Broadway in Chicago presents HAMILTON.
This was my third opportunity to experience Lin-Manual Miranda’s masterpiece live. And I LOVED every note of it. I am forever in awe of Miranda’s genius in dusting off a founding father’s biography and telling the story in a contemporary and innovative way. The show is sung and rapped by a culturally diverse cast. Miranda’s music is a mix of head-bopping hip-hop, heart piercing soulfulness and cerebral tickling wit. He perfectly balances playfulness, history and humanity in this loving tribute to the birth of a nation.
Having listened to the original cast recording a bazillion times, my response to the current production is both tougher and easier. I want the Tony and Grammy Award-winning cast delivery. Yet, I’m already in love with the show before Burr (played by an impressive Deon’te Goodman) asks his first question.
Although this ensemble is tight, a few times a song didn’t deliver the anticipated powerhouse punch of the unforgettable original cast. Still, under the musical direction of Alex Lacamoire, Miranda’s magnificent score is realized and “Satisfied.” Some standout performances are Nikisha Williams’ (Eliza) beautiful rendition of “Burn,” Jared Howelton’s (Jefferson/Lafayette) animated “What Did I Miss?,” and Marcus Choi’s (Washington) majestic “One Last Time.” Goodman, in particular, shows range with a fierce “In the Room Where Happens” and later a quietly contemplative “The World Was Wide Enough.” He also duets with Pierre Jean Gonzalez (Hamilton) for a lovingly devoted “Dear Theodosia.” Gonzalez continually commands the stage with an earnest “My Shot.” And as always, “It’s Quiet Uptown” reduced me to tears!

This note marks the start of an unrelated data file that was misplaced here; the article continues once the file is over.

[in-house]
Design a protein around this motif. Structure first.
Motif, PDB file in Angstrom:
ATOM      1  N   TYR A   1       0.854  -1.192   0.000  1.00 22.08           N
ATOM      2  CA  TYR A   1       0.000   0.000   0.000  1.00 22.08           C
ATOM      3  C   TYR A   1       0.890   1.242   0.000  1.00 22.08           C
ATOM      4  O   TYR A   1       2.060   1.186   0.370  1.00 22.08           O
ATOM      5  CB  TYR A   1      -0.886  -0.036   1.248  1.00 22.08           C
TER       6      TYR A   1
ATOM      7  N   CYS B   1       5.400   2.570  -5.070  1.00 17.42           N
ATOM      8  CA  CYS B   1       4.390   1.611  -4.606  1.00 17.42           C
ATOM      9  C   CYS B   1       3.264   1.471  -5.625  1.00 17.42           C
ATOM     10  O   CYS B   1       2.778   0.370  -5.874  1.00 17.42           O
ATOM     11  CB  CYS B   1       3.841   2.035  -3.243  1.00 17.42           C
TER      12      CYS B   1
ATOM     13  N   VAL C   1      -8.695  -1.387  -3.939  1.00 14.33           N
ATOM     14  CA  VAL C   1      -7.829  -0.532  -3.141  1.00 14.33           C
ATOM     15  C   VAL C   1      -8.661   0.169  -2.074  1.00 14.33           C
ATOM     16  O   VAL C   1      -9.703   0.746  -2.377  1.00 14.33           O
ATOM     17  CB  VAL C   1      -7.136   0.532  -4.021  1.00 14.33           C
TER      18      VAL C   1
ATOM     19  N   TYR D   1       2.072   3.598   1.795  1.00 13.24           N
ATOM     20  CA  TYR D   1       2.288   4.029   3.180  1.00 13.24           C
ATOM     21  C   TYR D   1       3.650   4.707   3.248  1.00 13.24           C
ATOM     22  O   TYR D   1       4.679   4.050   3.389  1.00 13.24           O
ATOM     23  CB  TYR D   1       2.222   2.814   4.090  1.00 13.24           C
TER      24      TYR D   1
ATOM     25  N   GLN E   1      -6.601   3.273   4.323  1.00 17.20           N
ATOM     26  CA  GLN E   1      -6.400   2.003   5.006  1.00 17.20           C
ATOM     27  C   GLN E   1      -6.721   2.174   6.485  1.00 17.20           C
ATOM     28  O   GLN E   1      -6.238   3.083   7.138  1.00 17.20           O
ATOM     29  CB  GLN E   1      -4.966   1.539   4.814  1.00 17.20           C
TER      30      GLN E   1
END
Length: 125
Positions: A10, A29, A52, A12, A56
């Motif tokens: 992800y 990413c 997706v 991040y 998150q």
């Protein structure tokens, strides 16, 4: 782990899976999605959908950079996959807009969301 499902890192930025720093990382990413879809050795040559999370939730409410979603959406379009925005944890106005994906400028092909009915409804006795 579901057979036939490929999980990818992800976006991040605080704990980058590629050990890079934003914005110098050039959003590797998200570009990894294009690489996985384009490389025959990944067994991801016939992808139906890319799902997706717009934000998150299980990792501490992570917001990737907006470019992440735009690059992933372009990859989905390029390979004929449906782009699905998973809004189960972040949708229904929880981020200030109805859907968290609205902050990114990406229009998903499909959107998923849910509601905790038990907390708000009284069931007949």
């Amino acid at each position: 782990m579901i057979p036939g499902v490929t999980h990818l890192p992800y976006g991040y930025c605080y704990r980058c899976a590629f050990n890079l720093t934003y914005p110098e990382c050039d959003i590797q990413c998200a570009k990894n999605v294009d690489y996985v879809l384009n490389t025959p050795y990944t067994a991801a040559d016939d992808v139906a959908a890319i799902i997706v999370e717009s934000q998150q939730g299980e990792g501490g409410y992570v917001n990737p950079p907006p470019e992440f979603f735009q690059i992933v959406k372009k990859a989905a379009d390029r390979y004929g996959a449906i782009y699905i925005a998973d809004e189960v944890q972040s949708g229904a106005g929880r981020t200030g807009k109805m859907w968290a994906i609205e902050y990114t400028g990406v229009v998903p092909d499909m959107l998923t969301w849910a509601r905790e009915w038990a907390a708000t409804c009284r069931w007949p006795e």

Miranda’s music. Is. Mind-blowing! Even though the storytelling score would be enough, the drama, the dancing (Choreographer Andy Blankenbuehler) and the humor escalate the entertainment value. A nimble Howelton uses timing and his physicality for comedy gold. Neil Haskell (King George) hilariously sings through clenched teeth. On Thursday night, subtle nuisances, that I never noticed before or were layered in later by Director Thomas Kail, captivate me. A tablecloth is jerked away from Goodman in mid-air. After “It’s Quiet Uptown” Howelton jokingly lightens the mood as Eddie Ortega (Madison/Mulligan) is wiping his tears. (Same, President Madison, same!) And in the first act, Gonzalez, Howelton, Ortega and Tyler Fauntleroy (Laurens/Phillip) display a brotherly camaraderie in their jesting, rabble-rousing and singing “The Story of Tonight.”
Previously, HAMILTON ran in Chicago for three years at the small CBIC Theatre. Currently, it will run for the next three months at the much bigger Nederlander Theatre. None of the engagement is missing in the less intimate venue. If anything, on press night, the crowd’s enthusiastic reaction to every joke, every song, every minute was infectious. Not that I needed any vivacity boost, I’m a diehard fanatic. HAMILTON is my GOAT musical! Hey Chicago, don’t throw away your shot, get your ticket quick!
Running Time: Two hours and forty-five minutes includes an intermission
At James M. Nederlander Theatre, 24 W. Randolph
Based on Ron Chernow’s biography Alexander Hamilton
Book, music and lyrics by Lin-Manual Miranda
Directed by Thomas Nail
Choreography by Andy Blankenbuehler
Musical supervision and orchestrations by Alex Lacamoire
Tuesdays, Wednesdays, Thursdays, Fridays at 7:30pm
Wednesdays at 1:30pm
Saturdays at 2pm and 8pm
Sundays at 1:30pm and 7:30pm
Thru December 30th
Production photos by Joan Marcus
For more Chicago theatre information and reviews, please visit Theatre in Chicago